"I find that Farmers Branch is a very fortunate place at which to begin the history of Methodism in this county. Farmers Branch was better known a in the old States by a thousand times than Dallas was, and the first postoffice of the county was established there. Methodism was vigorous at Farmers Branch before it was organized elsewhere.

Calls for a Preacher.

     "In January, 1845, Isaac Webb, with a few scattered children in Israel, wrote his old friend, John W. P. McKenzie, in Red River County, and asked that a preacher be sent to minister unto the people of the Farmers Branch settlement. Responding to this request, Rev. Brown, the first itinerant Methodist preacher who ever visited this county, came. In the little Webb cabin, fourteen or fifteen feet square, the first Methodist church of the county was organized, the following being members: Isaac and Mary Webb, Nancy Cochran, Franklin Fortner and his wife.
     "Now, I want it understood that in speaking especially of Methodism, I would not disparage the work of other Christians. The Baptists and others have done a great work, but we are here and the occasion is to celebrate the origin and triumph of Methodism in this community.

Local Preacher's Efforts.

     "In 1846, Rev. James A. Smith, a local preacher, a man of God, a man of ability, a man of sweet spirit and earnest in his labors, joined in the efforts of the little church to establish permanently, a Christian community, and he probably did more than any other man to give us the best community in which it has been my privilege to live. Before Cochran Chapel was built, the little five-membered church organized in Webb's cabin thrived, and its membership was greatly multiplied, with the result that the church became too small. So, a second church was organized at Cedar Springs between the old Tom Williams place and where Johnson lived. They had a prosperous society at the new church, but they were apart from Webb's, and it was finally decided to unite and build a central church, and the site now occupied by this church was chosen, being middle way between the two.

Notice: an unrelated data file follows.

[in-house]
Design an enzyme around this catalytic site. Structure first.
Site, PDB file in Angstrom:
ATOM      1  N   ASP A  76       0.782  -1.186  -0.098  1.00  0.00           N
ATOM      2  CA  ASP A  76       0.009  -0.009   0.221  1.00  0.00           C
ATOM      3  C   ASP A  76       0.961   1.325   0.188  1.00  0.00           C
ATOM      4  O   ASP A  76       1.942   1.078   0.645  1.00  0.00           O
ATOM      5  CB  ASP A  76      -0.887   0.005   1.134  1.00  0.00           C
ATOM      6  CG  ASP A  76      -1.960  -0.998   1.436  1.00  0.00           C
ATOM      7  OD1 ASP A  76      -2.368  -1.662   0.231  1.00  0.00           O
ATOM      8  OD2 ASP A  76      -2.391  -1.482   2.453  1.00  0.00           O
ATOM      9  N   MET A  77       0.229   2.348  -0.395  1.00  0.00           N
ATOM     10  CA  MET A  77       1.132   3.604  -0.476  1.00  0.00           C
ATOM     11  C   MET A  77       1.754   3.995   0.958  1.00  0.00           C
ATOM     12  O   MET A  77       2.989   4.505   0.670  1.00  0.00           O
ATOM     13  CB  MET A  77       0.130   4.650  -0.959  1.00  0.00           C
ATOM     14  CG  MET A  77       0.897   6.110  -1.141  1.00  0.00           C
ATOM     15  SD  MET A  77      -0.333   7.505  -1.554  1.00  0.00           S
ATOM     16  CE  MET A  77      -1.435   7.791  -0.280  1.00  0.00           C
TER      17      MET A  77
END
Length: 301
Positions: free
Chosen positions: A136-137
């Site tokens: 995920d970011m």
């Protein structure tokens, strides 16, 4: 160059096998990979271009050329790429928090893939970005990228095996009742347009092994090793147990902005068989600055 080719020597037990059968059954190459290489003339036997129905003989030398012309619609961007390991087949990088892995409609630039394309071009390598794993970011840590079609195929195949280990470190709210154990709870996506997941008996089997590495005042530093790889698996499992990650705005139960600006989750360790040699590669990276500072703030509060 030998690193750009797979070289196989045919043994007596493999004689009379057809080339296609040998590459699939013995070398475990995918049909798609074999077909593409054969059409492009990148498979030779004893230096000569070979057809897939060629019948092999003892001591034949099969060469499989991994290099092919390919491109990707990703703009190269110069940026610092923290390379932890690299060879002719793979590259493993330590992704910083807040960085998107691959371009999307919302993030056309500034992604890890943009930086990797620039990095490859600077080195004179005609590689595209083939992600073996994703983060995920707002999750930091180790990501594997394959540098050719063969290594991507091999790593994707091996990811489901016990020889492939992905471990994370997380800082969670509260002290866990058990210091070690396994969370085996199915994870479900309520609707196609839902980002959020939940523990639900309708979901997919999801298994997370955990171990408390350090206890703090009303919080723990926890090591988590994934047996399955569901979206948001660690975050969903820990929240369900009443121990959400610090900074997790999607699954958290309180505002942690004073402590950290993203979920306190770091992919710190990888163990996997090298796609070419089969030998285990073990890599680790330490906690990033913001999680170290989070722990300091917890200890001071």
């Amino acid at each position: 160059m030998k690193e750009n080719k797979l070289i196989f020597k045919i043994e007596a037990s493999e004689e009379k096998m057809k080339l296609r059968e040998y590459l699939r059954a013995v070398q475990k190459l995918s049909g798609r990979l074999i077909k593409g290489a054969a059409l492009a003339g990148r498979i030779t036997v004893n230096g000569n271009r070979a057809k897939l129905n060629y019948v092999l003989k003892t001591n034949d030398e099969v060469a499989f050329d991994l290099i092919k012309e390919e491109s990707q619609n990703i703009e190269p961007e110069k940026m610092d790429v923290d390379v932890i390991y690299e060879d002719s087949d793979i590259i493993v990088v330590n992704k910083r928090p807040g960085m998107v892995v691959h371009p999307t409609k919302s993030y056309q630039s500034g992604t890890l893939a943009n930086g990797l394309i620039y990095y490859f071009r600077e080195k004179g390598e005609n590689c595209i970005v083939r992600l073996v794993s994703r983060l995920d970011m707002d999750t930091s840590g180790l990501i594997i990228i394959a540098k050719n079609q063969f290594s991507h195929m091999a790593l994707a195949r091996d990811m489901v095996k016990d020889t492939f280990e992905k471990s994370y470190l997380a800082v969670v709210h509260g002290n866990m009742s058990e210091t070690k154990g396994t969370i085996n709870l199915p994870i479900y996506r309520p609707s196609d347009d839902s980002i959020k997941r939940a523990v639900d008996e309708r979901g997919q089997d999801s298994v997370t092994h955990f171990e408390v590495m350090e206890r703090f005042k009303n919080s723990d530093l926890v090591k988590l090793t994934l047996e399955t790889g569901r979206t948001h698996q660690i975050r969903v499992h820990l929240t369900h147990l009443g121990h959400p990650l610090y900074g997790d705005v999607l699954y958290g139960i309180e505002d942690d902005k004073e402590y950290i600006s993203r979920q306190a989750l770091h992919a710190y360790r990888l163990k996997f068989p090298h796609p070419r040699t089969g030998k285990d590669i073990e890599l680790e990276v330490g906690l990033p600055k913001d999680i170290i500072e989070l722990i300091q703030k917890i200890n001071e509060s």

Plane Lumber by Hand.

     "Lumber for the new church had to be brought by wagon from the pineries, more than a hundred miles distant, and it cost from $3 to $5 a hundred. Not only was the lumber high, but there was no planing mill in all this county, and the workmen had to plane it by hand. We had to go to the woods and use postoak sills. At great expense, an excellent church was built, 30x40 feet in extent, and it was dedicated by Brother McKenzie of McKenzie Institute, near Clarksville. I will never forget the sermon he preached on that occasion. He spoke of the tolerance that should be exercised by Christians and of the liberality that should be exercised by them. He condemned the vilifying of other denominations and the engaging in controversial arguments not conducive to the strengthening of the Christian spirit and not in harmony with the Christian religion.

Heads of Families.

     "As near as I can remember, those who were heads of families in this community fifty-two years ago, were I. Webb, W. M. Cochran, M. F. Fortner, John Pulliam, Rev. J. A. Smith, John Howell, Perry Winn, Homer C. Williams, Dr. S. H. Gilbert, the widow Moon, Mr. Shahan, S. Armstrong, R. J. West, Ed Hunter, Mrs. Frances Daniels, Rev. Jesse Daniels, Capt. W. C. McKamey, O. W. Knight, G. B. Knight, G. W. Record, Rev. John Bachman, Nathan Yeargan, Dr. Staton, J. Smith, Dave Lain, R. M. Cooke, Ned Wilburn, Rev. Anderson, Jack May, John Harvey, Mr. Bird, William Edmondson, J. M. Wright and Foster and Jefferson Dunaway. These have many descendants living, but all of these old pioneers are dead, save perhaps, Foster and Jeff Dunaway, one of whom lives in Collin County, and the other in Ellis County. They are gone, but they have indelibly left their impress in this county.
     "I have never seen the righteous forsaken or their seed begging bread. The prosperity of this community, and of the descendants of those I've name, speaks well of the godliness of their ancestry.

All Are Law Abiding.

     "I have no recollection of a single conviction for a felony of any of the offspring of these heads of families, who, when they came to this new country to bear the hardships and dangers of a new civilization, brought with them their Bibles and their religion. It is no little thing to say; there has been no conviction in fifty years for a felony in this community. I could point out neighborhoods where infidels settled and left their impress upon the rising generation, and you would find that the descendants of these infidels have been convicted of the blackest deeds in the list of crimes.